Dean and Karen will briefly discuss this case on the next 'Facts & Forensics' podcast (a link will be posted here, when available in mid March).
In Sandusky Ohio on March 02, 2012, 19 year-old Jacob Lamberios was reported dead due to a gunshot wound to the head. The county elected coroner, John Wukie, was called and certified the death based on verbal reports from on scene sheriff deputies. No scene response from the coroner or medicolegal death investigators. It was ruled a suicide. The evidence was later lost and the decedent buried. No autopsy.
The death was certified by the coroner as “Reason for death: Suicide. Gunshot wound to head. Deceased shot self in head, may not have realized the gun was loaded.”
The press is calling this an 'Accidental Suicide'. Like 'Suicide by Cop' - 'Accidental Suicide' is a non-existent manner of death and is purely an emotional conclusion.
You can follow the details of this story at http://www.sanduskyregister.com/limberios-shooting-saga
Our agency is not attempting to opine on if this death is 'Suicide' as ruled, or 'Accident' as determined by a grand jury following an investigation by the Ohio Attorney General; or ‘Homicide’. Cases like this have such an impact on families and society, and such misunderstandings, that we thought it would be useful to share some professional insight into these types of cases.
First, based only on press reports, here is what is wrong:
-- No scene response, no autopsy and no toxicology. The role and function of the coroner's office is to independently investigate deaths. Not all deaths require or should be autopsied - this is one that should have been.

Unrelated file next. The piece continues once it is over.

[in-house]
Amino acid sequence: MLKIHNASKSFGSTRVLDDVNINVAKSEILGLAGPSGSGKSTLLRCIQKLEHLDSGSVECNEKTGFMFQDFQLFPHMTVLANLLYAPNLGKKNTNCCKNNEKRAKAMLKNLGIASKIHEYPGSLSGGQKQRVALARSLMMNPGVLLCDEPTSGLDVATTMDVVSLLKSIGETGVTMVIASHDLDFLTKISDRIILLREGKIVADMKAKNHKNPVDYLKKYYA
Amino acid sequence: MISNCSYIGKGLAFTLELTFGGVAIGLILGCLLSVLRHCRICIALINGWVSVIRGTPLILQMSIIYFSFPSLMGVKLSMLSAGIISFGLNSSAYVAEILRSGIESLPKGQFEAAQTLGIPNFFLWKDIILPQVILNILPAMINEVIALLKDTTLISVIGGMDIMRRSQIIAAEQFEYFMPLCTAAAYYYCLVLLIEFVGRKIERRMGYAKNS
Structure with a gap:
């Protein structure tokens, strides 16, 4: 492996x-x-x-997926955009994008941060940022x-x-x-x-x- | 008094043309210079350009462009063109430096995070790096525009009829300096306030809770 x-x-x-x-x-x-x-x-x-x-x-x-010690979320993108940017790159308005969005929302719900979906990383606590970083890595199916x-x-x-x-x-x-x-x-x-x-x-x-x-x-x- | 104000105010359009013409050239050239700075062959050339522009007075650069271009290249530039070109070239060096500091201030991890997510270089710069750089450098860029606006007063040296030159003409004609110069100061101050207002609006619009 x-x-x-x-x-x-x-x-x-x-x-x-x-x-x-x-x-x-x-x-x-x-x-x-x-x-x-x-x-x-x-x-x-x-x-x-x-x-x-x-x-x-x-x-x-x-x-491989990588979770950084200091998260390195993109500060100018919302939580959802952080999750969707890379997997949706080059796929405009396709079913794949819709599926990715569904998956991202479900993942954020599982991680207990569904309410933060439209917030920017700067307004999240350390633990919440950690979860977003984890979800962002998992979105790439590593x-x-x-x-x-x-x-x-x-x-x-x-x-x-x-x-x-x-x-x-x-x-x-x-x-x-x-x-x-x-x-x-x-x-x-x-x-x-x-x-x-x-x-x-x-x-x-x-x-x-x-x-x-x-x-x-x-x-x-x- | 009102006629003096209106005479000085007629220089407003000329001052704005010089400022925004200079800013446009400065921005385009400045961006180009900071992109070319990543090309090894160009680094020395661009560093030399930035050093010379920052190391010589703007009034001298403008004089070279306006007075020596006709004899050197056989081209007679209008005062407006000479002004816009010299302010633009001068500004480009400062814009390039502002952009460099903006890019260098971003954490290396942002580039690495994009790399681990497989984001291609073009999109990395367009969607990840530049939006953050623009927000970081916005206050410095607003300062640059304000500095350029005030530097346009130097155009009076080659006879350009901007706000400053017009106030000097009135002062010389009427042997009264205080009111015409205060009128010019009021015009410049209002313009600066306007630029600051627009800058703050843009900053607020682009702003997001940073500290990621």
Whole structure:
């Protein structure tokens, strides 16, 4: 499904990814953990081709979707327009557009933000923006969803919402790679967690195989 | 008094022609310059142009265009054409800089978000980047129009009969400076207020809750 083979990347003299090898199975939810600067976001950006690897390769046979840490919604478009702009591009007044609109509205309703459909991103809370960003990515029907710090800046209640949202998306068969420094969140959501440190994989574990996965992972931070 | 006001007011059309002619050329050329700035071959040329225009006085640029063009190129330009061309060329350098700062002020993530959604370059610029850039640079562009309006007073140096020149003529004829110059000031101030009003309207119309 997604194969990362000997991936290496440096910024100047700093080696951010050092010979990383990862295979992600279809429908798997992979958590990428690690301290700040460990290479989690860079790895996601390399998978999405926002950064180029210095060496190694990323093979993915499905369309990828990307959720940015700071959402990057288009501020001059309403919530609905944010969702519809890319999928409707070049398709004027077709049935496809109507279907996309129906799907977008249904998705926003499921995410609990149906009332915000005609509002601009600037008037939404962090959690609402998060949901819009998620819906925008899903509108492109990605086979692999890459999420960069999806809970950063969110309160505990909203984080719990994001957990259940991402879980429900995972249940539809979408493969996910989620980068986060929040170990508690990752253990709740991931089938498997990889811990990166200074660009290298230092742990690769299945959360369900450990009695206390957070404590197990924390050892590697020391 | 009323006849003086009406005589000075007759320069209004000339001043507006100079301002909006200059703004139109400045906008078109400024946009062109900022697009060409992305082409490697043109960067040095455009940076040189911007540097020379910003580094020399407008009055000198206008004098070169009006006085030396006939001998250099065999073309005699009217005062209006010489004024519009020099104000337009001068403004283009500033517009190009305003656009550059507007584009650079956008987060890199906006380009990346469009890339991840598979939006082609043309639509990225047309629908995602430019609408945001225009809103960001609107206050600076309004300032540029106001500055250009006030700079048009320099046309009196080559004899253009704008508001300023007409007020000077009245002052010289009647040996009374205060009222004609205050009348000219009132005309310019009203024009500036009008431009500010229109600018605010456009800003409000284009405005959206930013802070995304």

Would this change the ruling? That question may not be answerable – it likely would not, and by some accounts would not; but it would answer questions of the family, and either support and/or refute the law enforcement investigation. The most important function of the coroner's office is independently determine the cause and manner of death, to provide answers to the family.
-- A grand jury investigates for felony criminal charges, such as if this were a homicide. They do not determine cause and manner of death.
A coroner's inquest serves that function. In the event that it is determined to be a homicide, then it may be sent to a grand jury for consideration of criminal charges. In addition, grand jury proceedings are secret - they provide no answers to the family.
Next, based only on press reports, here is what has been determined:
-- The decedent's parents sued, resulting in the AG investigation, because they did not want the legacy of their son to be suicide to their (then) two-year old granddaughter.
Death investigations cannot be based on emotions and desires of the family. This does not conform to the death investigator’s creed of 'To the living we owe respect, to the dead we owe the truth.'
-- The decedent's parents were concerned, but not solely, about an insurance payout.
Many life insurance policies have suicide clauses - from no payout to a payout only after a period of time from activating the policy (often two years). In addition, it is common for life insurance policies to have a double indemnity clause for accidental deaths (payout of double the policy value), as well as other insurances (i.e. accident policies, firearms policies, etc.). Finally, a death determined to be an 'Accident' may have civil remedies that 'Suicide' cannot.
Next, based only on press reports, these are the reported facts:
-- The decedent was not suicidal per his family.
-- The handgun was a .357 magnum revolver holding six rounds in the cylinder.
-- (from an independent source) the handgun had been fired five times, those spent shells removed, leaving the sixth live round in the cylinder.
-- (from an independent source) in testing by the AG’s office, the handgun would misfire three times of ten attempts. This ‘misfire’ is not detailed.